Erich Gruenberg

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Erich Gruenberg

Born(1924-10-12)12 October 1924
Died7 August 2020(2020-08-07) (aged 95)
EducationJerusalem Conservatory
  • Classical violinist
  • Academic teacher

Erich Gruenberg OBE (12 October 1924 – 7 August 2020) was an Austrian-born British violinist and teacher. Following studies in Israel, he was a principal violinist of major orchestras, including the Royal Stockholm Philharmonic Orchestra, the London Symphony Orchestra and the Royal Philharmonic Orchestra. He was an international soloist, playing the first performance of Britten's Violin Concerto in Moscow. As a chamber musician, he was leader of the London String Quartet and recorded all Beethoven violin sonatas with pianist David Wilde. He was the lead violinist for The Beatles' album, Sgt. Pepper's Lonely Hearts Club Band. Gruenberg taught at the Royal Academy of Music until age 95, influencing generations of violinists.

Life and career[edit]

Gruenberg was born in Vienna in 1924, the son of Kathrine and Herman Gruenberg.[1][2] He studied in Vienna and at the Jerusalem Conservatory.[3] He was concertmaster of the Palestine Broadcasting Corporation Orchestra from 1938 to 1945. In 1946, he moved to London[1] where he lived until his death, becoming a British subject in 1950. In 1947 he won the Carl Flesch International Violin Competition,[1][3] which at the time came with no monetary prize but international recognition. Gruenberg appeared as a soloist in many countries. He gave the first Russian performance of Benjamin Britten's Violin Concerto, in Moscow.[1] In his first concert at the Proms on 11 August 1971, he played Beethoven's Violin Concerto at the Royal Albert Hall, with the BBC Orchestra conducted by Adrian Boult.[4] In a 1983 concert, he played the Proms premiere of Alfred Schnittke's Violin Concerto No. 3, conducted by Edward Downes.[5]

He was Concertmaster of the Stockholm Philharmonic Orchestra from 1955, the London Symphony Orchestra from 1962 to 1965, and the Royal Philharmonic Orchestra from 1972 to 1975.[1][3] In addition, he was first violin with the London String Quartet[1] (a later ensemble than the London Quartet), and he played chamber music on numerous occasions. Gruenberg taught at the Guildhall School of Music and Drama from 1982 and at the Royal Academy of Music in London from 1989,[3] continuing to teach to age 95.[1] He participated as an international music competition juror many times.[1][6]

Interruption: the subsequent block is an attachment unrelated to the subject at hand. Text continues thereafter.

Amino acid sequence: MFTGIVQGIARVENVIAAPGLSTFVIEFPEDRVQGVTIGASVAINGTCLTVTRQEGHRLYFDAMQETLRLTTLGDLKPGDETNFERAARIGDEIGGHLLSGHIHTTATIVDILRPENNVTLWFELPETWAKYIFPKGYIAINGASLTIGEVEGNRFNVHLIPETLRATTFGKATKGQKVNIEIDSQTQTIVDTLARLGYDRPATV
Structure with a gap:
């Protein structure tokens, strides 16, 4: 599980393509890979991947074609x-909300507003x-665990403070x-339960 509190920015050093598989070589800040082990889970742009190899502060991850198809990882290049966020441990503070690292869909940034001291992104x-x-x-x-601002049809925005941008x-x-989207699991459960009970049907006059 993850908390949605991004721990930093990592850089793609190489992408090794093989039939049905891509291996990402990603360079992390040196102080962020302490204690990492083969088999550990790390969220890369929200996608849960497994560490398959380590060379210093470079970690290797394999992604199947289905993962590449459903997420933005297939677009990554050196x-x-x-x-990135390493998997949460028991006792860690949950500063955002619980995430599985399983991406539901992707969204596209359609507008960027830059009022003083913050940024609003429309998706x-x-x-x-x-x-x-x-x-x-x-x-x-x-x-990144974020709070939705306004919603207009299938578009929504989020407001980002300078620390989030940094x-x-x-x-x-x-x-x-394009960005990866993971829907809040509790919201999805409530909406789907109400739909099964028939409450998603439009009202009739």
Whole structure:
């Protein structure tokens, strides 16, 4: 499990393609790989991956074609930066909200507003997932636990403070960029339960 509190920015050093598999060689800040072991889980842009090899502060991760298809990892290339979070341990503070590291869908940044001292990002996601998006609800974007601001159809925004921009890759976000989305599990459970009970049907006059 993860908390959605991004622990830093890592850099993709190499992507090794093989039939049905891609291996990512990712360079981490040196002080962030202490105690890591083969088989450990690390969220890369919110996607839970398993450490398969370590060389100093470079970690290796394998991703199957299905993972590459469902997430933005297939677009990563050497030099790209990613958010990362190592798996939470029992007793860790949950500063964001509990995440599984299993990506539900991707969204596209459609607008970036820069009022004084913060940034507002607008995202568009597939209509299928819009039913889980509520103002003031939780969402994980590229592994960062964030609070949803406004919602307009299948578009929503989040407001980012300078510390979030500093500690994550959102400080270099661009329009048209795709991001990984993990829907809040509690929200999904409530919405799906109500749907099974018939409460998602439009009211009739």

Gruenberg made numerous recordings, including Beethoven's Violin Concerto with the Philharmonia Orchestra and Beethoven's complete violin sonatas with pianist David Wilde. He also played contemporary music such as works by Roberto Gerhard, Berthold Goldschmidt and Olivier Messiaen.[3] In 1976, he played the first recording of David Morgan's 1966 Violin Concerto with the Royal Philharmonic Orchestra conducted by Vernon Handley.[7][8]

Gruenberg also played on several recordings by The Beatles, including as the lead violinist for their iconic album, Sgt. Pepper, on the songs "A Day in the Life", "She's Leaving Home" and "Within You Without You". The group whimsically had him play wearing a prop gorilla paw on his bow hand.[3][9]

Gruenberg was made an OBE in 1994.[10] He played a Stradivarius violin, dated 1731.[10][11]

Gruenberg died in Hampstead Garden Suburb on 7 August 2020[12] at age 95.[3] Jo Cole, head of strings at the Royal Academy, wrote in a tribute:

... a giant of the violin who made such an enormous contribution to the music profession as a performer, and to the generations of violinists who had the privilege of studying under his guidance at the Royal Academy of Music.[1]


  1. ^ a b c d e f g h i Cole, Jo (10 August 2020). "Erich Gruenberg tribute". Royal Academy of Music. Retrieved 11 August 2020. CS1 maint: discouraged parameter (link)
  2. ^ International Who's Who in Classical Music 2009. Routledge. 8 May 2009. p. 318. ISBN 978-1-85743-513-9.
  3. ^ a b c d e f g "The violinist Erich Gruenberg has died". The Strad. 10 August 2020. Retrieved 10 August 2020. CS1 maint: discouraged parameter (link)
  4. ^ "Prom 18 / 19:30 Wed 11 Aug 1971 Royal Albert Hall". BBC. Retrieved 10 August 2020. CS1 maint: discouraged parameter (link)
  5. ^ "Prom 40 / 19:30 Tue 24 Aug 1982 Royal Albert Hall". BBC. Retrieved 11 August 2020. CS1 maint: discouraged parameter (link)
  6. ^ "Erich Gruenberg OBE". International Henryk Wieniawski Competition. Retrieved 10 August 2020. CS1 maint: discouraged parameter (link)
  7. ^ Barnett, Rob (March 2008). "David Morgan (1933-1988) / Violin Concerto". Retrieved 11 August 2020. CS1 maint: discouraged parameter (link)
  8. ^ France, John (May 2008). "David Morgan (1933-1988) / Violin Concerto". Retrieved 10 August 2020. CS1 maint: discouraged parameter (link)
  9. ^ Spitz, Bob (2005). The Beatles: The Biography. New York: Little, Brown & Company. pp. 662–663. ISBN 0-316-80352-9. CS1 maint: discouraged parameter (link)
  10. ^ a b Nelson, S.M. (2001). "Erich Gruenberg". Grove Music Online (8th ed.). Oxford University Press.
  11. ^ Himmel, Nieson; Lee, John H. (20 April 1991). "Stradivarius Stolen at LAX Is Recovered After Tip From Musician in Honduras". Los Angeles Times. Los Angeles. Retrieved 11 August 2020.
  12. ^ "Erich Gruenberg, violinist who was a mainstay of London concert life – obituary". The Daily Telegraph. 18 August 2020. Archived from the original on 18 August 2020. Retrieved 18 August 2020. CS1 maint: discouraged parameter (link)

External links[edit]